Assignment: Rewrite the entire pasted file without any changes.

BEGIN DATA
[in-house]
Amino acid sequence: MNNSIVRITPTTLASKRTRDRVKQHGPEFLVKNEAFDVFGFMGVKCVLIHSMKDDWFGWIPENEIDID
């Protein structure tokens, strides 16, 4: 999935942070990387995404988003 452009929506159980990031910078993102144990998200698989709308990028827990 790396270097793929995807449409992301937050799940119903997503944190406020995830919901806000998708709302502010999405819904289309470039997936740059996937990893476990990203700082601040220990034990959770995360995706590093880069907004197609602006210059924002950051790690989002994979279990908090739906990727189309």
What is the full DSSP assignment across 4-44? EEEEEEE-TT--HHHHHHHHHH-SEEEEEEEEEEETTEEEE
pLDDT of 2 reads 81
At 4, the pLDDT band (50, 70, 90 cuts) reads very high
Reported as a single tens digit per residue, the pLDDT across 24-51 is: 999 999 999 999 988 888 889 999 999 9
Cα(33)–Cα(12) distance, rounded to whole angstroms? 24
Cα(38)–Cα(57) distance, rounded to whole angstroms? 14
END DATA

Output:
[in-house]
Amino acid sequence: MNNSIVRITPTTLASKRTRDRVKQHGPEFLVKNEAFDVFGFMGVKCVLIHSMKDDWFGWIPENEIDID
């Protein structure tokens, strides 16, 4: 999935942070990387995404988003 452009929506159980990031910078993102144990998200698989709308990028827990 790396270097793929995807449409992301937050799940119903997503944190406020995830919901806000998708709302502010999405819904289309470039997936740059996937990893476990990203700082601040220990034990959770995360995706590093880069907004197609602006210059924002950051790690989002994979279990908090739906990727189309």
What is the full DSSP assignment across 4-44? EEEEEEE-TT--HHHHHHHHHH-SEEEEEEEEEEETTEEEE
pLDDT of 2 reads 81
At 4, the pLDDT band (50, 70, 90 cuts) reads very high
Reported as a single tens digit per residue, the pLDDT across 24-51 is: 999 999 999 999 988 888 889 999 999 9
Cα(33)–Cα(12) distance, rounded to whole angstroms? 24
Cα(38)–Cα(57) distance, rounded to whole angstroms? 14